Overwhelming amounts of stress surrounding finances, health care and the uncertainty of the future will have long-lasting, traumatic effects on the emotional well-being of adults and children. There are many types of trauma an individual can experience. Trauma in childhood occurs when a child witnesses or experiences an event that poses a real or perceived threat to the life or well-being of the child or someone close to the child. The event overwhelms the child’s ability to cope and causes feelings of fear or hopelessness.
The impact of trauma is far-reaching. Results can include (but are not limited to) the inability to find humor and joy in things that once brought us happiness, anger, trouble sleeping and restlessness, nightmares, exhaustion, fear, diminished creativity, loneliness, anxiety and increased susceptibility to illness.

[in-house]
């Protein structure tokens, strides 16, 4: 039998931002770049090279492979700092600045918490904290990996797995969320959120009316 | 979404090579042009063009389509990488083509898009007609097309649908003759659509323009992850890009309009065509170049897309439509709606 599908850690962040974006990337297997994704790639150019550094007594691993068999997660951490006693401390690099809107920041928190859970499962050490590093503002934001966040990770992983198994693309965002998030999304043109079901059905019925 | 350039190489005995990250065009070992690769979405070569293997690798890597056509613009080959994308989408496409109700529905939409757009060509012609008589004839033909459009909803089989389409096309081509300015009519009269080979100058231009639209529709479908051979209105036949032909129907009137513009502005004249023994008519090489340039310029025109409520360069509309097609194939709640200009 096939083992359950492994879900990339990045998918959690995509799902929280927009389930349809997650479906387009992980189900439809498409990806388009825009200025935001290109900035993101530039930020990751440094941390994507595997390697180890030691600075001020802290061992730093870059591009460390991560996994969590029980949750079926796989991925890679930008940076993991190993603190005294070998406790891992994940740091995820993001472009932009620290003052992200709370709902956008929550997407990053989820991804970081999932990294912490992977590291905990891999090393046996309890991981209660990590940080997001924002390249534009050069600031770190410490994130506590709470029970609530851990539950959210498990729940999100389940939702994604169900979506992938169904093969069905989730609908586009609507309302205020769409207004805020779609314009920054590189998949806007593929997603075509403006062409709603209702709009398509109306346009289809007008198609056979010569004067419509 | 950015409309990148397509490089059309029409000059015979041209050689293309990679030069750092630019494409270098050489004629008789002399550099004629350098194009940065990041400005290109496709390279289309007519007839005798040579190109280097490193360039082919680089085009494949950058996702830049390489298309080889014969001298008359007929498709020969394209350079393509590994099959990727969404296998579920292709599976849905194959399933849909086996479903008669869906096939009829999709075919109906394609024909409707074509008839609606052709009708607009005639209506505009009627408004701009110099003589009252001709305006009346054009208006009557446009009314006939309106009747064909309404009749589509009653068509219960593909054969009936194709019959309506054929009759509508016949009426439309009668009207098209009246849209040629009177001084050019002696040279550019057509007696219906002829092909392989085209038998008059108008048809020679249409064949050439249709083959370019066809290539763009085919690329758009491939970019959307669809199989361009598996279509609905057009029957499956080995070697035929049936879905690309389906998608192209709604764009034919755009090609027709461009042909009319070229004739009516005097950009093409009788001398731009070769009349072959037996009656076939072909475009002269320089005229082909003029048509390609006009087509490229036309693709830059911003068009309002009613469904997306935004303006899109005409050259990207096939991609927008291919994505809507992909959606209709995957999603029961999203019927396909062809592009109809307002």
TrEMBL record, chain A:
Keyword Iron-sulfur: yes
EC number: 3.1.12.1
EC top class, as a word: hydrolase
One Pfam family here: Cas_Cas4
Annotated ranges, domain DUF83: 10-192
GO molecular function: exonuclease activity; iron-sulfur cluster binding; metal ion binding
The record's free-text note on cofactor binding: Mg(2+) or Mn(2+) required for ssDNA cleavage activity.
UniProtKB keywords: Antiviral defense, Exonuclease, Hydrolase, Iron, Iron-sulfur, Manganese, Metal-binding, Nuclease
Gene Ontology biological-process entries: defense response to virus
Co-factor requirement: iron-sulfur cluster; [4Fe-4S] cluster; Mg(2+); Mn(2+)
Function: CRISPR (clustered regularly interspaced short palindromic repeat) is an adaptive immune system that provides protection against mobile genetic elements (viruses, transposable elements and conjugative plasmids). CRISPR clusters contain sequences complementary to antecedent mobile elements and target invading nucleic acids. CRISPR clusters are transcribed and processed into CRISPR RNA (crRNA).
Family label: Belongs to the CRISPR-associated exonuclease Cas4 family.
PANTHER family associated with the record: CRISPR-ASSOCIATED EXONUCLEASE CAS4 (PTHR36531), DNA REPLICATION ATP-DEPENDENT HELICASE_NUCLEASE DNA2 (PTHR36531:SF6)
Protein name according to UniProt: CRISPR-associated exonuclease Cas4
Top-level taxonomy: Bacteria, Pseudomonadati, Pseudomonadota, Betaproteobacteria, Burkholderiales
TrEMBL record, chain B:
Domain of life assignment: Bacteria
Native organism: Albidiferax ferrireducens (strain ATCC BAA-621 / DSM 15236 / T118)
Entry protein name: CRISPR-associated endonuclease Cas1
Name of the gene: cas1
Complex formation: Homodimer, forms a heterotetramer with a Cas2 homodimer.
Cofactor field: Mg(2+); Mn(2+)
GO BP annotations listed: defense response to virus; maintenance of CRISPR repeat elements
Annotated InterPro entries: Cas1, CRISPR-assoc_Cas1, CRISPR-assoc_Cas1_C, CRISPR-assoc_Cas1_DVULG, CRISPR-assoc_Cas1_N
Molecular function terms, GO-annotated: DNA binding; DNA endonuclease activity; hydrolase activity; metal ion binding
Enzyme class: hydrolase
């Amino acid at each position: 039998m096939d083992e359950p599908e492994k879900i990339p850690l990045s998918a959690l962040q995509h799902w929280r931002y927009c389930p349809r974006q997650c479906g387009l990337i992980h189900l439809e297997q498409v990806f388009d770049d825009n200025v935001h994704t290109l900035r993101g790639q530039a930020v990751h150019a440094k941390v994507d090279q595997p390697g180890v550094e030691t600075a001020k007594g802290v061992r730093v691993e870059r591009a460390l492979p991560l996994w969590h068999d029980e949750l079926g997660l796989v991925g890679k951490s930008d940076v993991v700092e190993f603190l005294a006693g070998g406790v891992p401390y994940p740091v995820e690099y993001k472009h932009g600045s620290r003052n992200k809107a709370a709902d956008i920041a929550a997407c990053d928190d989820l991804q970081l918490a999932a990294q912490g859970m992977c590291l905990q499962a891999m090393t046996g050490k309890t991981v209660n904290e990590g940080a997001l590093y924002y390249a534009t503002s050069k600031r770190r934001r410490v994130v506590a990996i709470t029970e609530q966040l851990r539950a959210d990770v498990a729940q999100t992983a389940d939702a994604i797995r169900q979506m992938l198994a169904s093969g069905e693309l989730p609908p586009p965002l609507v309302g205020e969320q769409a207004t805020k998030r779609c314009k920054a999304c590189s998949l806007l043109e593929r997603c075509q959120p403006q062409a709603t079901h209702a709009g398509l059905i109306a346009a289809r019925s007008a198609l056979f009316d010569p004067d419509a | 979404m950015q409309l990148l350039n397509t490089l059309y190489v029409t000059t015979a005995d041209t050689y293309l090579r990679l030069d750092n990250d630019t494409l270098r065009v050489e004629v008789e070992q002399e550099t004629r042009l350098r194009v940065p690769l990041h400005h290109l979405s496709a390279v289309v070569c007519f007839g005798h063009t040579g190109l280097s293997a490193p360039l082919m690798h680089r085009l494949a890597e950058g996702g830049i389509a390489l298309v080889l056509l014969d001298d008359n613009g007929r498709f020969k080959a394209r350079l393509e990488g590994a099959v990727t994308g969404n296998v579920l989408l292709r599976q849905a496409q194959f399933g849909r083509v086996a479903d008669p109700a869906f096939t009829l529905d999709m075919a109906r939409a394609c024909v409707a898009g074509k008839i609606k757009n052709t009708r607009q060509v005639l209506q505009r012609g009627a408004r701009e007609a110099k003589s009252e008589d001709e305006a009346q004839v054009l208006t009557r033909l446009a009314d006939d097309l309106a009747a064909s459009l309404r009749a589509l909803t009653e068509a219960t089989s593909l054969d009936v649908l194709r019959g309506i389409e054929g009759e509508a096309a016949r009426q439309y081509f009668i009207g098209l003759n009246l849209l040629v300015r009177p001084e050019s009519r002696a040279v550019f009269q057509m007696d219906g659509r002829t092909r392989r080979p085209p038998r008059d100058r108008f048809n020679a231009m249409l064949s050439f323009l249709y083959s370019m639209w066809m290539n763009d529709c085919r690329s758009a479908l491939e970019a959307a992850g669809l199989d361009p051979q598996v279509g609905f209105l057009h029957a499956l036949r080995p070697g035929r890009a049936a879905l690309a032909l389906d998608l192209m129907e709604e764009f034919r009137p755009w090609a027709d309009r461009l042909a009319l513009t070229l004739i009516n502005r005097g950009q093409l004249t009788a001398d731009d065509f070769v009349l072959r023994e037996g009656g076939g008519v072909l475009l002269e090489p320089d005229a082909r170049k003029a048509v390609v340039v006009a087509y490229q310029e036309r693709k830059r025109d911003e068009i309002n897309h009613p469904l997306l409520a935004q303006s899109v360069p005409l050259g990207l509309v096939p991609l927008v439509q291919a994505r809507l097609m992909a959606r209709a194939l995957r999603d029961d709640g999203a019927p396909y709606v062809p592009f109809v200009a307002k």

As we enter 2021, we can support children by learning how to parent from a trauma-informed lens. When we parent from a trauma-informed lens, we recognize the impact of trauma on children and respond to them in ways that do not perpetuate trauma. Instead, we center on love, connection, healing and liberation. Here are some ways you can bring this approach into your home: